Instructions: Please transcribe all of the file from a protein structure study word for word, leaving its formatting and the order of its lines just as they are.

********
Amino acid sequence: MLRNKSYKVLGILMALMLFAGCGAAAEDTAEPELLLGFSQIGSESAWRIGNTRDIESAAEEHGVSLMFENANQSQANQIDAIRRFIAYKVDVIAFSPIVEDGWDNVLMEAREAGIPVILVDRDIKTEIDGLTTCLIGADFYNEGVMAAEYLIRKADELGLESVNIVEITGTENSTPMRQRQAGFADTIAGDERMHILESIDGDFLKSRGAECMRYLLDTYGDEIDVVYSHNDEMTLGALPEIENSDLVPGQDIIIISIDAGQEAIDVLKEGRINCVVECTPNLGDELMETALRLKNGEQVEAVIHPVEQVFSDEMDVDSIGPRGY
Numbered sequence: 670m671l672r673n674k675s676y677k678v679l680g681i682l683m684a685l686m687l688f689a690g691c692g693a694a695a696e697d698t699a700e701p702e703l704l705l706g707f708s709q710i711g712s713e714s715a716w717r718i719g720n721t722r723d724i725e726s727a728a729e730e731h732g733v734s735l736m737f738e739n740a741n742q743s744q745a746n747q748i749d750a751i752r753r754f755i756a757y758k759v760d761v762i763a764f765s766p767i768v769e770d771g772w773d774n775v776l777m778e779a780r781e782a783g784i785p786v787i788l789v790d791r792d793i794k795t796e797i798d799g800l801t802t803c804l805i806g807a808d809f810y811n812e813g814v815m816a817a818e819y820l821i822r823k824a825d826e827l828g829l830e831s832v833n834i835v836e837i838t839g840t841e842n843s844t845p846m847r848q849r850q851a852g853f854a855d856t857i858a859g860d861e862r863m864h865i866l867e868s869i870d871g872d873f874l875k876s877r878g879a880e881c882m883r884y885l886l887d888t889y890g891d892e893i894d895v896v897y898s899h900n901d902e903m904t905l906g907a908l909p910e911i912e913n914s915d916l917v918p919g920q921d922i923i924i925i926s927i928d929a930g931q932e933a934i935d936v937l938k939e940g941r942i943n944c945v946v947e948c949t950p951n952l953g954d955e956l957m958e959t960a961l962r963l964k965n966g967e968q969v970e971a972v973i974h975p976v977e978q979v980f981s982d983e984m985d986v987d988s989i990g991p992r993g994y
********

Amino acid sequence: MLRNKSYKVLGILMALMLFAGCGAAAEDTAEPELLLGFSQIGSESAWRIGNTRDIESAAEEHGVSLMFENANQSQANQIDAIRRFIAYKVDVIAFSPIVEDGWDNVLMEAREAGIPVILVDRDIKTEIDGLTTCLIGADFYNEGVMAAEYLIRKADELGLESVNIVEITGTENSTPMRQRQAGFADTIAGDERMHILESIDGDFLKSRGAECMRYLLDTYGDEIDVVYSHNDEMTLGALPEIENSDLVPGQDIIIISIDAGQEAIDVLKEGRINCVVECTPNLGDELMETALRLKNGEQVEAVIHPVEQVFSDEMDVDSIGPRGY
Numbered sequence: 670m671l672r673n674k675s676y677k678v679l680g681i682l683m684a685l686m687l688f689a690g691c692g693a694a695a696e697d698t699a700e701p702e703l704l705l706g707f708s709q710i711g712s713e714s715a716w717r718i719g720n721t722r723d724i725e726s727a728a729e730e731h732g733v734s735l736m737f738e739n740a741n742q743s744q745a746n747q748i749d750a751i752r753r754f755i756a757y758k759v760d761v762i763a764f765s766p767i768v769e770d771g772w773d774n775v776l777m778e779a780r781e782a783g784i785p786v787i788l789v790d791r792d793i794k795t796e797i798d799g800l801t802t803c804l805i806g807a808d809f810y811n812e813g814v815m816a817a818e819y820l821i822r823k824a825d826e827l828g829l830e831s832v833n834i835v836e837i838t839g840t841e842n843s844t845p846m847r848q849r850q851a852g853f854a855d856t857i858a859g860d861e862r863m864h865i866l867e868s869i870d871g872d873f874l875k876s877r878g879a880e881c882m883r884y885l886l887d888t889y890g891d892e893i894d895v896v897y898s899h900n901d902e903m904t905l906g907a908l909p910e911i912e913n914s915d916l917v918p919g920q921d922i923i924i925i926s927i928d929a930g931q932e933a934i935d936v937l938k939e940g941r942i943n944c945v946v947e948c949t950p951n952l953g954d955e956l957m958e959t960a961l962r963l964k965n966g967e968q969v970e971a972v973i974h975p976v977e978q979v980f981s982d983e984m985d986v987d988s989i990g991p992r993g994y